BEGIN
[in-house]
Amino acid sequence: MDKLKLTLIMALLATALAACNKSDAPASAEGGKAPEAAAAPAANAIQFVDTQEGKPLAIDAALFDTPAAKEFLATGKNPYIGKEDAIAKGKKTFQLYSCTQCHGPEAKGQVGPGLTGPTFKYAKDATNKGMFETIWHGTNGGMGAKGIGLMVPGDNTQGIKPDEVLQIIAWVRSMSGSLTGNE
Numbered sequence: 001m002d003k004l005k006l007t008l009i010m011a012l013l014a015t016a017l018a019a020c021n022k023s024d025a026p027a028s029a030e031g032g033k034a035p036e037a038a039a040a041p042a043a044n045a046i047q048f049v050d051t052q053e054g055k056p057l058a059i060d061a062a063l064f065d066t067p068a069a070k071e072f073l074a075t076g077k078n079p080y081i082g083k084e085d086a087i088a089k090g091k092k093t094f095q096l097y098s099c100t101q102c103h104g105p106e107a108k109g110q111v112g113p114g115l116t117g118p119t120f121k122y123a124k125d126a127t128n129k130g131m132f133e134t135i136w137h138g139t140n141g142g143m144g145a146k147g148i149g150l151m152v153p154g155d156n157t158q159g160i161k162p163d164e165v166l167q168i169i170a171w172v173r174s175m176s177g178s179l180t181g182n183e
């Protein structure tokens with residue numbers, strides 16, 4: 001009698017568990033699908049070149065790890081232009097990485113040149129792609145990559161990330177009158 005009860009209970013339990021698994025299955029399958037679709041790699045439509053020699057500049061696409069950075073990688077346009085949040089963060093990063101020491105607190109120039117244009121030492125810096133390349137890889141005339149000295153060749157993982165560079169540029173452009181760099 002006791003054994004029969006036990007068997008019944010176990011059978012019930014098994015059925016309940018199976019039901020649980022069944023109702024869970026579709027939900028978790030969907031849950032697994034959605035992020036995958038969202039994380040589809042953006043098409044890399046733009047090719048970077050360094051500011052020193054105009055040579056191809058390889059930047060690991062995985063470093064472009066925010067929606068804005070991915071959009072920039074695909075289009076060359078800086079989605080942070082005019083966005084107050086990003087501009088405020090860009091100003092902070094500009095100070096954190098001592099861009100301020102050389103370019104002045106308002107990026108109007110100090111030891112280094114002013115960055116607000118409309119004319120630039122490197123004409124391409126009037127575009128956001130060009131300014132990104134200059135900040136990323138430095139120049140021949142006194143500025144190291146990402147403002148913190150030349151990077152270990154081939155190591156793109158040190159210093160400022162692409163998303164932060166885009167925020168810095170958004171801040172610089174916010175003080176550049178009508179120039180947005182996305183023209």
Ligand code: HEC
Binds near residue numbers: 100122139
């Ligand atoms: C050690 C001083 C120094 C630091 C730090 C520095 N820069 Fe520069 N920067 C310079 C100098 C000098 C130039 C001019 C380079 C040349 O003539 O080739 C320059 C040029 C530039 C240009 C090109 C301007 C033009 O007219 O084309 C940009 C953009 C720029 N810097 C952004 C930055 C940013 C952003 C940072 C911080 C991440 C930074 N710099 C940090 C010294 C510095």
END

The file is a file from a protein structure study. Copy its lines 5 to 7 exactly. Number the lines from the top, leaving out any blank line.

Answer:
Ligand code: HEC
Binds near residue numbers: 100122139
């Ligand atoms: C050690 C001083 C120094 C630091 C730090 C520095 N820069 Fe520069 N920067 C310079 C100098 C000098 C130039 C001019 C380079 C040349 O003539 O080739 C320059 C040029 C530039 C240009 C090109 C301007 C033009 O007219 O084309 C940009 C953009 C720029 N810097 C952004 C930055 C940013 C952003 C940072 C911080 C991440 C930074 N710099 C940090 C010294 C510095």